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Document Details :

Title: Marriage Spirituality
Subtitle: Living Out the Call to Be a Sign of God's Self-Giving Love
Author(s): VILLEGAS, Diana L.
Journal: Marriage, Families & Spirituality
Volume: 7    Issue: 2   Date: 2001   
Pages: 157-168
DOI: 10.2143/INT.7.2.2004514

Abstract :
The article contributes to the development of a Christian spirituality of marriage by drawing from the writings of Catherine of Siena and supplementing them with psychological writings on intimacy and love. By looking at marriage as a lifestyle through which one lives the Christian ideal, the author shows how Catherine's spirituality can be applied to married life and how this application is enriched when supplemented by the insights of psychology.
Informed by a retrieval of biblical texts, contemporary theologies of marriage envision this union as an intimate partnership of life that embodies self-giving love and in this way becomes a sign in the community of God's self-giving love for us. Catherine of Siena can help in developing a marital spirituality for today's society. She highlights that as persons grow away from self-centeredness, they become more able to see that which is good for self and others and act with self-giving love in choosing this good. Catherine asserts that this journey of conversion occurs through knowledge of God and knowledge of self, two sides of the same coin. The couple relationship can be seen as a specific life context through which one grows in knowledge of self: This then develops into an intentional relationship with God, whose love makes possible transformation in one's capacity to love.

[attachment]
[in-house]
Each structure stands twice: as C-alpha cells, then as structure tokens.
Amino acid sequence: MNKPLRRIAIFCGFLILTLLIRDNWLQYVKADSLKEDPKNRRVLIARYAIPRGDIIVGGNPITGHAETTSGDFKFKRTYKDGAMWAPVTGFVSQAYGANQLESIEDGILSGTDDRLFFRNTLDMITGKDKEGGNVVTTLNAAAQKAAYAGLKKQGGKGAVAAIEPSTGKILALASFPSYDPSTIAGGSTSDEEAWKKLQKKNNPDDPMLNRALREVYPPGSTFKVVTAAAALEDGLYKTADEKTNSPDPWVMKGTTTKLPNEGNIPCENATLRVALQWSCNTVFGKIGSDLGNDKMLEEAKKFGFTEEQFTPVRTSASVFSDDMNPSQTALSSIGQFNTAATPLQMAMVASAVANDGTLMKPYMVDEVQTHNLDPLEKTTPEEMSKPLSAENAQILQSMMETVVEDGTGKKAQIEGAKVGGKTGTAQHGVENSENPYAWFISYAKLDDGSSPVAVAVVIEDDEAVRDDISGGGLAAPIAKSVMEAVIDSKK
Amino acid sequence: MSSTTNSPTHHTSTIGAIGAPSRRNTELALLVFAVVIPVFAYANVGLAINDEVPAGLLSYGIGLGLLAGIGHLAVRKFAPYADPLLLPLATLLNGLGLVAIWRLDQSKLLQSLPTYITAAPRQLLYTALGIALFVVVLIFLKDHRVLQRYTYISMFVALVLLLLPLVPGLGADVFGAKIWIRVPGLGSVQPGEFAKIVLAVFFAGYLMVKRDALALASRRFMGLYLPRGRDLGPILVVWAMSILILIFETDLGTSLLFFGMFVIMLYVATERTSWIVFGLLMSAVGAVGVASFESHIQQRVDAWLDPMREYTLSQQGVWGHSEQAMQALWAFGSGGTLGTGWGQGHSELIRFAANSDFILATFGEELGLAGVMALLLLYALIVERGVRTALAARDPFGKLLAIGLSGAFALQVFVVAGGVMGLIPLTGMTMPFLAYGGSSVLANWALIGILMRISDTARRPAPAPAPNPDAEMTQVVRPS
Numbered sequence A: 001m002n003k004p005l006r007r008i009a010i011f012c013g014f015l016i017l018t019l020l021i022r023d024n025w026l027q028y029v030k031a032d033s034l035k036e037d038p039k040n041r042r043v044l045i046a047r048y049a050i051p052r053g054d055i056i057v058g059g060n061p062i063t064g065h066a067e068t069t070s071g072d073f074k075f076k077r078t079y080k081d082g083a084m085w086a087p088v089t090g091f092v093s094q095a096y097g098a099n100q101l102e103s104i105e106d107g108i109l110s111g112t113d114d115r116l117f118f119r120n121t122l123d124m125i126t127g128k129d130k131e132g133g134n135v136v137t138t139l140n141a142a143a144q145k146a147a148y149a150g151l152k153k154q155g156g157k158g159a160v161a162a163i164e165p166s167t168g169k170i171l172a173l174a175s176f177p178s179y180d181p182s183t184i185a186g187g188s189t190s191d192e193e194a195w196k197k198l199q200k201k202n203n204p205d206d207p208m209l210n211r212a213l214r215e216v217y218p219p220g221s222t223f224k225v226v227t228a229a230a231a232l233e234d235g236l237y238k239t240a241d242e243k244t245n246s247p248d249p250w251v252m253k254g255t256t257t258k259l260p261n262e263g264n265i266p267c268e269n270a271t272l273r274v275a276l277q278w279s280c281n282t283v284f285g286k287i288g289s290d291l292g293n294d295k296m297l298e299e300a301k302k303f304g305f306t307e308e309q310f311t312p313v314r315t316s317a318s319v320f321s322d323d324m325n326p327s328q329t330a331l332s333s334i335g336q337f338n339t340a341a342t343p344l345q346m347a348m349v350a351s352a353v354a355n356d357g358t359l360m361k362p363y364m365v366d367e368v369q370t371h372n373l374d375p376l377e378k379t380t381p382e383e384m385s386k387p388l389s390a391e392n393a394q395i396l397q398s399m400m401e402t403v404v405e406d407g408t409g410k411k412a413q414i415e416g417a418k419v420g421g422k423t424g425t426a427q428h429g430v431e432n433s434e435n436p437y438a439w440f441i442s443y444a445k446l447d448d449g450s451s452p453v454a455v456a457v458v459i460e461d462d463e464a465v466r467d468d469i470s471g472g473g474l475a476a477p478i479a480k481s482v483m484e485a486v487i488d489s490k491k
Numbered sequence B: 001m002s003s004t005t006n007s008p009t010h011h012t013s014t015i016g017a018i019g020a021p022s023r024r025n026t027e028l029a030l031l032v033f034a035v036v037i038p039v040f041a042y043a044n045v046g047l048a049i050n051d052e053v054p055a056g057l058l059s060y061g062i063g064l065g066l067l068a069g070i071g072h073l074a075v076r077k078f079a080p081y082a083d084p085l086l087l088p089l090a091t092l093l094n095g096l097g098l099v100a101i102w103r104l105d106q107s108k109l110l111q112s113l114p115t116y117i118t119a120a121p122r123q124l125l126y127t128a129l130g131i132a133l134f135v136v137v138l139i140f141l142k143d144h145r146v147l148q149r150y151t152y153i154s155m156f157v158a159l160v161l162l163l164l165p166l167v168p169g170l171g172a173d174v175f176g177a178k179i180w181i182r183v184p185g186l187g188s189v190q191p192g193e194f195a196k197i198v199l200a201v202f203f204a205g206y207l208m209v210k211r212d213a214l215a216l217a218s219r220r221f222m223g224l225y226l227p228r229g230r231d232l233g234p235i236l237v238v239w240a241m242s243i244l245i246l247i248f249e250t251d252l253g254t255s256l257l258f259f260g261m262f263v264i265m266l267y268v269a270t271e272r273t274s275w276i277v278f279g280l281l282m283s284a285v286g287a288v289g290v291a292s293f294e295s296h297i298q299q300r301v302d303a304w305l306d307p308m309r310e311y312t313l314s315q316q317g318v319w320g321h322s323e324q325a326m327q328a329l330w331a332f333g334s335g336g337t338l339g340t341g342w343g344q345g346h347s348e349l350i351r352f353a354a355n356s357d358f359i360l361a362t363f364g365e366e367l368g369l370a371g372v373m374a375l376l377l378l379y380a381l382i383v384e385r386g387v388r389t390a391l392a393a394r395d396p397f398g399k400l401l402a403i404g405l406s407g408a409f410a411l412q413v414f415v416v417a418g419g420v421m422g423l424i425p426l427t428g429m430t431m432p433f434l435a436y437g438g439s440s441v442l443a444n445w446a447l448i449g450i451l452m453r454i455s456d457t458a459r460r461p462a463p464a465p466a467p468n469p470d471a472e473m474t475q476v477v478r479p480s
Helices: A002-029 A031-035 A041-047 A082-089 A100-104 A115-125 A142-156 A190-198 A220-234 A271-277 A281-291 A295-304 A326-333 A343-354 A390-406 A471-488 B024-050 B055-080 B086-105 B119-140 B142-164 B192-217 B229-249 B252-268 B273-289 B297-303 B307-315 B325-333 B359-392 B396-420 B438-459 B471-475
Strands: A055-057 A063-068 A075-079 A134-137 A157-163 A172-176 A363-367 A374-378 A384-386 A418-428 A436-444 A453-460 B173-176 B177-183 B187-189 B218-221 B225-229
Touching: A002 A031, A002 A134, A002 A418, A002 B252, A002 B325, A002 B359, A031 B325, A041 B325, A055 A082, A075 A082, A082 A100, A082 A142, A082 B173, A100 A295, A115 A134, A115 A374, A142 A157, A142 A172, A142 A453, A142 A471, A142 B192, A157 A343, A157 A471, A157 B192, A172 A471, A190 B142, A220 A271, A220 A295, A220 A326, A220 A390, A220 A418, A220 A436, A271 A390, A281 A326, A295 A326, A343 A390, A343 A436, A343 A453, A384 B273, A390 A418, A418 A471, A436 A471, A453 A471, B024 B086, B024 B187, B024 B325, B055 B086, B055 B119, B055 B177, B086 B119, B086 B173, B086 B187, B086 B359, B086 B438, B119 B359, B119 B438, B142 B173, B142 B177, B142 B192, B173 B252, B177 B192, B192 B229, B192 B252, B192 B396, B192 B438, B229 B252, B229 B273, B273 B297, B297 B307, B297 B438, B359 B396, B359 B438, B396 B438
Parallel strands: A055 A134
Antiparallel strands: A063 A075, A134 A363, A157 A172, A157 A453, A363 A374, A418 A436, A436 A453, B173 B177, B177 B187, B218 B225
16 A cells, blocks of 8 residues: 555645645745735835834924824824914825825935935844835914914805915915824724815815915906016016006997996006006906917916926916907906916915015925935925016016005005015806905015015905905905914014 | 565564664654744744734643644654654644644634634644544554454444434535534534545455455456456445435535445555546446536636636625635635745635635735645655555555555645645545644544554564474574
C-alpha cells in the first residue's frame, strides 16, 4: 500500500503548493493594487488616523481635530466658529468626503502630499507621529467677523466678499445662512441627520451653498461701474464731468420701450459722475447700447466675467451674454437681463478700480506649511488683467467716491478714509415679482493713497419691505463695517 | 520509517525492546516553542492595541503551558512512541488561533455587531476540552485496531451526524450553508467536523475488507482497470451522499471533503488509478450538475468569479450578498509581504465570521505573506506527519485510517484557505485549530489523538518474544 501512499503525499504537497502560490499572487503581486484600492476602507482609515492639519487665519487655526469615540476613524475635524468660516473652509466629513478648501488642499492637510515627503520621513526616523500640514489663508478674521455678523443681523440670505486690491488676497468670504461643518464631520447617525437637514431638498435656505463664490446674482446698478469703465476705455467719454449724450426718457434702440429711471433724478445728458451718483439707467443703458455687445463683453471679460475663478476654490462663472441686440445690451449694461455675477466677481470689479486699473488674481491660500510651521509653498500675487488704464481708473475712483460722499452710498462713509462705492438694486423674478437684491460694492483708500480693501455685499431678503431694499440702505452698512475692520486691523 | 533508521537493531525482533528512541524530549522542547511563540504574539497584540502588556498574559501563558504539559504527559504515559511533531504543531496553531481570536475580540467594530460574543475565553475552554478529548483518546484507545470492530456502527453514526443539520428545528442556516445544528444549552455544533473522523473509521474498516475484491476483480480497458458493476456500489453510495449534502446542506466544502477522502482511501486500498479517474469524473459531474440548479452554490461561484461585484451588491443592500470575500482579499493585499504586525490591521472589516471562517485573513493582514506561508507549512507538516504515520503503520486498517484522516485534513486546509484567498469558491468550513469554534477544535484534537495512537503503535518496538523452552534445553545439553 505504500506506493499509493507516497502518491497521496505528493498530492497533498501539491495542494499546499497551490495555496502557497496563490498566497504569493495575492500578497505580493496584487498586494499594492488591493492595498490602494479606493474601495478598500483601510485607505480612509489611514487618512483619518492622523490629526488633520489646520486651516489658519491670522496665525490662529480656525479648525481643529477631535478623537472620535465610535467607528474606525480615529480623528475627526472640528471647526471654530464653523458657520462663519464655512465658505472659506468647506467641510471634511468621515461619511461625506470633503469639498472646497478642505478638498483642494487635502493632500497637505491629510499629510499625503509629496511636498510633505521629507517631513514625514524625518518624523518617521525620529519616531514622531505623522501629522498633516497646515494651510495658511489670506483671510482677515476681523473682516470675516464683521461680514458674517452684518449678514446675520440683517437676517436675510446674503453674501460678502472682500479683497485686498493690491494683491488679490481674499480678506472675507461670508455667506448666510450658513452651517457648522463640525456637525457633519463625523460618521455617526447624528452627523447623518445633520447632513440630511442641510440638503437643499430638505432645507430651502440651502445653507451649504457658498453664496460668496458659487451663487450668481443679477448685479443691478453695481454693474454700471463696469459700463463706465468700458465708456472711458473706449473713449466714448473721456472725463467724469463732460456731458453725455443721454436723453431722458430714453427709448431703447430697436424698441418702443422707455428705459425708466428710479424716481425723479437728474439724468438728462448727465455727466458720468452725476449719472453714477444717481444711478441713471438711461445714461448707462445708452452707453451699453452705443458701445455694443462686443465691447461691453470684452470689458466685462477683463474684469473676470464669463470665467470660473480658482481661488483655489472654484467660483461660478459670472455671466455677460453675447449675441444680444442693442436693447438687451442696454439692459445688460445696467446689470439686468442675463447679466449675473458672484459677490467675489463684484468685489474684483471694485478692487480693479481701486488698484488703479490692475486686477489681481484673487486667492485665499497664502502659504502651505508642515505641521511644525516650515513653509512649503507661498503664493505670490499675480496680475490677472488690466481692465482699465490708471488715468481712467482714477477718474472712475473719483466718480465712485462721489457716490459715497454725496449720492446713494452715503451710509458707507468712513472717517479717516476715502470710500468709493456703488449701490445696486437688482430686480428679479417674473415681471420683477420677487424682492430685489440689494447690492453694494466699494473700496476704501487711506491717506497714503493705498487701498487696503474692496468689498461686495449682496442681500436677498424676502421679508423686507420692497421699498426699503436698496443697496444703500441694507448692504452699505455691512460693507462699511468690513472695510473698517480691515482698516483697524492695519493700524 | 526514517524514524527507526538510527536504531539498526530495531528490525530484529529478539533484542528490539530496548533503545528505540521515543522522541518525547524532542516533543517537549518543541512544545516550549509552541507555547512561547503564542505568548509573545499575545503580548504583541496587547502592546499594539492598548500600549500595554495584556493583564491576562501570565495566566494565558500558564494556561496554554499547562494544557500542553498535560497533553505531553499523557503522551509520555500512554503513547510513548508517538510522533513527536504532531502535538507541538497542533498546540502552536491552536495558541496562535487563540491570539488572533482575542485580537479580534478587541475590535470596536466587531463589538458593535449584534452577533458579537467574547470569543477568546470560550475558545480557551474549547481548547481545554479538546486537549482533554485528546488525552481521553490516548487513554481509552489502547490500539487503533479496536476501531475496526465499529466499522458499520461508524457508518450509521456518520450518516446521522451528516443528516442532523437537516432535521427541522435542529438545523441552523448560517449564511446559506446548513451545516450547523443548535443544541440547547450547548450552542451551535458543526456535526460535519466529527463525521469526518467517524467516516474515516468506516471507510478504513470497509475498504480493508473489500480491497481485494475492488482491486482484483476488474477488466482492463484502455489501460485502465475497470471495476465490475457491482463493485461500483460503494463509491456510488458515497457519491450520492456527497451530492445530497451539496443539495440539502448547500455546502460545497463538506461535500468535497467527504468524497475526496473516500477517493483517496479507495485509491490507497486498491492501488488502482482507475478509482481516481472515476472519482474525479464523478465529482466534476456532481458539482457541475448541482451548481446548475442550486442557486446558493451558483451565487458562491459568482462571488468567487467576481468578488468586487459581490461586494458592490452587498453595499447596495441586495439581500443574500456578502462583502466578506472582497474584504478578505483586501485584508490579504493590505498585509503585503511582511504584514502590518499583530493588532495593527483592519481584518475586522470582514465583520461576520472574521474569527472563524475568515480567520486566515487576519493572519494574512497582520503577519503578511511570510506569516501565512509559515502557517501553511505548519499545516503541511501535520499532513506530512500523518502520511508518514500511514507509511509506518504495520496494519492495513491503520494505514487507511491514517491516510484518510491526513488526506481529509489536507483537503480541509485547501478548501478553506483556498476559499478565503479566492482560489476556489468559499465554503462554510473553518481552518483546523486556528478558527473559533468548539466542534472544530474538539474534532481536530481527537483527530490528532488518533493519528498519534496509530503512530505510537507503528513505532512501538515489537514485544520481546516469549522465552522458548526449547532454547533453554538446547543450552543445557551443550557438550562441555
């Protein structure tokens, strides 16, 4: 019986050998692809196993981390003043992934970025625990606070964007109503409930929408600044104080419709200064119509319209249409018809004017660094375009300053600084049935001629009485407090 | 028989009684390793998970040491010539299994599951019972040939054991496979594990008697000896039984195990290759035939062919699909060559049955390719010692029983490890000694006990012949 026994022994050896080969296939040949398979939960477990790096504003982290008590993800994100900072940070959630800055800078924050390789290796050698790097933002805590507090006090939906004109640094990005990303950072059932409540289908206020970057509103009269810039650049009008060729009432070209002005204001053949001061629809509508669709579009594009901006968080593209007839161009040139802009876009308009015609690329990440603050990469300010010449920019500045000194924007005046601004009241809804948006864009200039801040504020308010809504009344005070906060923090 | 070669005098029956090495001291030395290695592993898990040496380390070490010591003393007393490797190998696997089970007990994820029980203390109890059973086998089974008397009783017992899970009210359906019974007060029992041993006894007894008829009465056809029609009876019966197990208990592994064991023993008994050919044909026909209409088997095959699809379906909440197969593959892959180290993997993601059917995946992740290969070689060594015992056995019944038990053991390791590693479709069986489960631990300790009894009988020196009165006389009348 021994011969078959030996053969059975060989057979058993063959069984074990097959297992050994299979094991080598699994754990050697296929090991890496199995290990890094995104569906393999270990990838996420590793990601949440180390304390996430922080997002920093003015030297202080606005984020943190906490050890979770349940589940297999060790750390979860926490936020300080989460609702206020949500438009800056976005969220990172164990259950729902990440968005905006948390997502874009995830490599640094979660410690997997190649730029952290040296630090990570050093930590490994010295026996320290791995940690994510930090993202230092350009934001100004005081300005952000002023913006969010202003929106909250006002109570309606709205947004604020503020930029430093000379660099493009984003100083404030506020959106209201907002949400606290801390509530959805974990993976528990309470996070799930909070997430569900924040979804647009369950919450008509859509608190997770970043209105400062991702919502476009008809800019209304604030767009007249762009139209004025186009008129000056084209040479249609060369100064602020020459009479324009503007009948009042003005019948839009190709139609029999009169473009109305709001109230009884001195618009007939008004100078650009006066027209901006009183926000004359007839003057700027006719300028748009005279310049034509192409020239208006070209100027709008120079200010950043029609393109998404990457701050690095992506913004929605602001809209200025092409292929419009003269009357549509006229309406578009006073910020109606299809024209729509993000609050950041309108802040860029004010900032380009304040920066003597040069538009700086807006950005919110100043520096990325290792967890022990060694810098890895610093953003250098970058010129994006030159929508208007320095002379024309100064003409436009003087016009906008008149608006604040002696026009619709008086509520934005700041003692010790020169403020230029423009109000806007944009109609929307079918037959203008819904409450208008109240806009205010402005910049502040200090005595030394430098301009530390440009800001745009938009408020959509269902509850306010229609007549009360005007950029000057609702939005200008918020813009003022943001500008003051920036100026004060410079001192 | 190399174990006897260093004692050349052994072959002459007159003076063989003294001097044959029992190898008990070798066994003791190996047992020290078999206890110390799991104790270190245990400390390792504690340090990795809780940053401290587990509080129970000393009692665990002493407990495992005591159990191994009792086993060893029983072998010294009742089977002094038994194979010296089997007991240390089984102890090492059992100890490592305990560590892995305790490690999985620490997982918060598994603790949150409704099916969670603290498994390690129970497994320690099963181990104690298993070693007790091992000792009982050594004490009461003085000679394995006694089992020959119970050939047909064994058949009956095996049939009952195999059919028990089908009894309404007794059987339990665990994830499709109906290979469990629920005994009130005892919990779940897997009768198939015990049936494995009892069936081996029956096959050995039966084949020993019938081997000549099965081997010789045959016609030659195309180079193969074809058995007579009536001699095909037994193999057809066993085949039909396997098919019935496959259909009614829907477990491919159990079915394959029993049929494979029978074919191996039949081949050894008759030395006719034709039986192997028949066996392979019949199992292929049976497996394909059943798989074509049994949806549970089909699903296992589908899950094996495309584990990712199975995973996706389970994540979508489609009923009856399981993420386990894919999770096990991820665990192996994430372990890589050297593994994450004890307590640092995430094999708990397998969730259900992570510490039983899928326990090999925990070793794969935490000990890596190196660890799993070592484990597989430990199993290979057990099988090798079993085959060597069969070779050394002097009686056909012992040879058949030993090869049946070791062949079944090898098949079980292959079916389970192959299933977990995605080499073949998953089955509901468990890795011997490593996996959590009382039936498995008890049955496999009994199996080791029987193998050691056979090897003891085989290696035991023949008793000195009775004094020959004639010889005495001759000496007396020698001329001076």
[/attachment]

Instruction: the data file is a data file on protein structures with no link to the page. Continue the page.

Insights from contemporary psychology can offer ways of envisioning the psychological tasks necessary to live intimacy and partnership. E. and J. Whitehead describe the importance of vulnerability for the development of intimacy and describe the personality characteristics that make vulnerability possible. E. Fromm describes love in terms of the capacity to know, understand, respond, and care. He spells out how these capacities involve a giving of self that in turn depends on a maturity of personality. Marriage spirituality would include the journey towards intentionally growing in capacity for vulnerability, fostering the personality characteristics described by Fromm, and forming a partnership based on self-giving.
While Catherine highlights relationship with God, and Fromm and the Whiteheads highlight personality characteristics and psychological integration, their perspectives are complementary for a Christian marital spirituality. Both Catherine and these psychologists view love as an expression of self-giving, and both view capacity for such self-giving as the fruit of a journey requiring growth and transformation.

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